The Creator Success team walks project creators through the process of setting up their project in BackerKit and helps them get up to speed on the features they can use to make their lives easier.
“BackerKit Success is as hands-on or hands-off as you need us to be,” Success Manager Thomas Sleeth says. “If you have questions, we’re hands-on in getting those sorted out. If you don’t want to talk to us every day and feel confident using the tool, that’s also great. You can go through the setup review and you’re on your way.”
Today on the blog, Thomas shares some advice on how project creators can use BackerKit to automate order creation, keep on top of backer requests, manage and export large troves of data, raise additional revenue, and streamline the fulfillment process.
Use the Item Generator
Thomas says the simplest way to ensure a smooth manufacturing and fulfillment process is to use BackerKit’s item generator. It’s an incredibly powerful tool that is designed to make it easy to manage pledge rewards, calculate and track production counts, and create itemized orders that make fulfillment a breeze. “Using the Item Generator solves a lot of problems out of the gate. It makes pledge questions, add-ons, SKUs – it does everything.”
Sometimes project creators might have more unorthodox requests. For example, Sleeth is working with a project that makes customizable bike locks and wants to display its pre-order items to reflect that its components can be selected individually. In these circumstances, project creators might be tempted to tackle the task on their own, but Sleeth advises getting in touch with BackerKit’s success team instead. “Email us beforehand so we can help point you in the right direction,” he says.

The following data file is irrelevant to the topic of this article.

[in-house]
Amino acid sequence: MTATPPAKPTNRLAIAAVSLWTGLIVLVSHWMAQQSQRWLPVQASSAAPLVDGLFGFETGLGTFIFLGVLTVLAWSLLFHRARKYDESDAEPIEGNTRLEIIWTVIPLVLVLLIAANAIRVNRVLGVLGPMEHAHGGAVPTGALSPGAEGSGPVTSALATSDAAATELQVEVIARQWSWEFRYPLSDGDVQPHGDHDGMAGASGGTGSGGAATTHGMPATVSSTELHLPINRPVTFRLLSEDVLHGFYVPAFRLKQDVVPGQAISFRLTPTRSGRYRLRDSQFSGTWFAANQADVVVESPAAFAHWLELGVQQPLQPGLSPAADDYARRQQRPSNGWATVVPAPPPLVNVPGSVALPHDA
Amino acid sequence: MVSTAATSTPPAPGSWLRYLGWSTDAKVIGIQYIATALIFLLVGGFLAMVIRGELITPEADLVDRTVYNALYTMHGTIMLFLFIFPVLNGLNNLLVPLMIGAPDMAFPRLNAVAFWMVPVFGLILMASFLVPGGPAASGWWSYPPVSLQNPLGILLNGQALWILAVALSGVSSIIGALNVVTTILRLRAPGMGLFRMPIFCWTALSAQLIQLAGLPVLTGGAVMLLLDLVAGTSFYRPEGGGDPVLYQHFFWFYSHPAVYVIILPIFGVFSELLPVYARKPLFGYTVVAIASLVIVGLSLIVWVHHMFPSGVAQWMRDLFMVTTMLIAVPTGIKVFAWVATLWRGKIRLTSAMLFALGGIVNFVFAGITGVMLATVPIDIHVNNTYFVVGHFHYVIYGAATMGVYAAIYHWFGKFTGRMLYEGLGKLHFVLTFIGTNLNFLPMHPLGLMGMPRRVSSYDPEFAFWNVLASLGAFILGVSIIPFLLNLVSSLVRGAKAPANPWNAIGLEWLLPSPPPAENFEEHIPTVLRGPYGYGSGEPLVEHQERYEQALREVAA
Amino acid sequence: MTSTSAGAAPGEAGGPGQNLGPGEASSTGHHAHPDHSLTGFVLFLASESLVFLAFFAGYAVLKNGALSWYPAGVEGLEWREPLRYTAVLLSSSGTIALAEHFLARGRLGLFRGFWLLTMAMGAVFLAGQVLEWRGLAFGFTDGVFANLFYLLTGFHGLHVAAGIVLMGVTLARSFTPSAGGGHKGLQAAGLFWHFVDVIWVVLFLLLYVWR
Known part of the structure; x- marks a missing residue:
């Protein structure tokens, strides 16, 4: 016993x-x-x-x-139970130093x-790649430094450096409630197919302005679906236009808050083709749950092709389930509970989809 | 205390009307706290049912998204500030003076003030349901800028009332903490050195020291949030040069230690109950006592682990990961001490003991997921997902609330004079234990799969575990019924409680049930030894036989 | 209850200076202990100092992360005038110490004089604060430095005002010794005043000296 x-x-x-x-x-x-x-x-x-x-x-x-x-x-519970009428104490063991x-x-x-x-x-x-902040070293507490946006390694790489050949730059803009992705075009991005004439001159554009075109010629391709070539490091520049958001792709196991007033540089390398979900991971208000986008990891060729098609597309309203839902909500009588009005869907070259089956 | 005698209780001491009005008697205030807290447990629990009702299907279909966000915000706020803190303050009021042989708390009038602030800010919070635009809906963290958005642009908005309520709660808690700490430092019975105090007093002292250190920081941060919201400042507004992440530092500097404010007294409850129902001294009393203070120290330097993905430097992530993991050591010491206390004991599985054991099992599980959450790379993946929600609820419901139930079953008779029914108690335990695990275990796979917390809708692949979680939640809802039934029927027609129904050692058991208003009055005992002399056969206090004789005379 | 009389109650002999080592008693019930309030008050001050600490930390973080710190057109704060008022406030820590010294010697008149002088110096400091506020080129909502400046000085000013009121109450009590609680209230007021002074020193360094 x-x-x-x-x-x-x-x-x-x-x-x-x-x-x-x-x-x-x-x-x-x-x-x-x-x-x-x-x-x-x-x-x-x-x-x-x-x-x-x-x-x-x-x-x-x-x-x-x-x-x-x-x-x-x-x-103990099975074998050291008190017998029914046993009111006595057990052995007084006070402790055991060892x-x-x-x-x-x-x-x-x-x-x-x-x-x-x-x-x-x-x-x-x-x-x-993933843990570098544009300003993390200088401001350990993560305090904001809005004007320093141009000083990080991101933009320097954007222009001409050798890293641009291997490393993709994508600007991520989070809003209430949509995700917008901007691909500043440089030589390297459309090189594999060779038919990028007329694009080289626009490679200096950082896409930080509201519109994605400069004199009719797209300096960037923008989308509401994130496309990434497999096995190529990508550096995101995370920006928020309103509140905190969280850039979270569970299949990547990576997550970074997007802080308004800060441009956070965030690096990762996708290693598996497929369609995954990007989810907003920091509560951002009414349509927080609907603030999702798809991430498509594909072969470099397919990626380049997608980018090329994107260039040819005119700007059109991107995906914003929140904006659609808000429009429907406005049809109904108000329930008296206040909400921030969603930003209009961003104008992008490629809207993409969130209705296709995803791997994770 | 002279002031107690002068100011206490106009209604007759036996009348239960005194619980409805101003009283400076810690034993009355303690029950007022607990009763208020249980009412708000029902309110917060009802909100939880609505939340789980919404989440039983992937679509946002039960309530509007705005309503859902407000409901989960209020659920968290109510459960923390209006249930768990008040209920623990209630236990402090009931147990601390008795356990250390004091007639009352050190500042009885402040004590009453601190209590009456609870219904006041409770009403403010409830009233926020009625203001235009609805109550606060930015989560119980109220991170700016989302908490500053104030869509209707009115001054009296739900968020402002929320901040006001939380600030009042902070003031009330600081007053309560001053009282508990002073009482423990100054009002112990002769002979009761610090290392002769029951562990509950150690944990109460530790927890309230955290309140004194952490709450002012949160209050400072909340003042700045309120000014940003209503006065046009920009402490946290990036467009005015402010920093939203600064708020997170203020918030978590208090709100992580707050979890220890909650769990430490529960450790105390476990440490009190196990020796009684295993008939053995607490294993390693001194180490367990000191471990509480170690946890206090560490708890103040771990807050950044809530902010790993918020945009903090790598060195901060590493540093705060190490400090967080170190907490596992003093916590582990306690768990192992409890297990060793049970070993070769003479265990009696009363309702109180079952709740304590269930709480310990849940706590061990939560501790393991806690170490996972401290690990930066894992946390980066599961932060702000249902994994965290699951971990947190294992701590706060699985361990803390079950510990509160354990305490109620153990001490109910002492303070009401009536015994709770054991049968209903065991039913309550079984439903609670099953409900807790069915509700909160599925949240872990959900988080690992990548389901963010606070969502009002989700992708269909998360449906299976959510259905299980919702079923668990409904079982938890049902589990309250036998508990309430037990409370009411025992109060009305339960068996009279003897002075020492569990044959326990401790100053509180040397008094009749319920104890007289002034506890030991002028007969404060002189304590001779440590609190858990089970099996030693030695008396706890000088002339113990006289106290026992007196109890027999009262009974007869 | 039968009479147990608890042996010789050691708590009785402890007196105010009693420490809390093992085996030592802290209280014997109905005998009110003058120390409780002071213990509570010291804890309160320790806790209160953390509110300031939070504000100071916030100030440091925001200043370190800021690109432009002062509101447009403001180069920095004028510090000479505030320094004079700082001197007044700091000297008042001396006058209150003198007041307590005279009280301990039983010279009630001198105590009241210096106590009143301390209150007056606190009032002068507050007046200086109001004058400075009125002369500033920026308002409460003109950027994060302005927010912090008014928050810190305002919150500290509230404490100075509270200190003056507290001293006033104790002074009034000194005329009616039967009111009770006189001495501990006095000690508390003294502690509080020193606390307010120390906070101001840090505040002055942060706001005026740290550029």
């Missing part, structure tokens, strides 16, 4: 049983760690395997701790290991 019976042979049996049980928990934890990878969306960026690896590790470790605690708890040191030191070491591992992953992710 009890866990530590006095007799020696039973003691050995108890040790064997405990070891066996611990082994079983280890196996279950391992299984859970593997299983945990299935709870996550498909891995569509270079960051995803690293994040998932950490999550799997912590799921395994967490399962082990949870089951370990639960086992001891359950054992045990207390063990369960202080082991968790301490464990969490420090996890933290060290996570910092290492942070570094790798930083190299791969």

Survey Best Practices
Ideal times for project creators to survey backers can vary depending on the nature of the project, but Thomas says “generally 14 days after the campaign ends is the sweet spot”. “On Kickstarter, people will often have failed payments,” he says. “They’ll need to update their card, they might have a fraud warning, they might have changed banks.” It takes about two weeks for Kickstarter to collect funds and disburse them. That’s when you’ll know which backers have and haven’t paid.
Sending out surveys close to the campaign end date is also great for selling add-ons because the campaign is still fresh in the backers’ minds. Selling extra units and accessories is tougher if you survey months later after the excitement has died down. Project creators can also send BackerKit surveys to backers with failed payments on Kickstarter, giving them more time to save money and rejoin the campaign.
Figuring out what time to send out surveys is essential. “We generally recommend sending surveys out earlier in the week to get better survey response rates and add-on sales in BackerKit,” Thomas says. If you send out a survey on 4pm on a Friday afternoon, it’s likely to get buried in backers’ inboxes.
When to Lock Down Surveys
Locking down surveys lets project creators finalize orders so they are ready for production. Once surveys are locked down, no changes can be made to item selections. Project creators are often keen to lock down surveys as soon as possible. Thomas suggests determining a date based around your project’s timetables for manufacturing and shipping.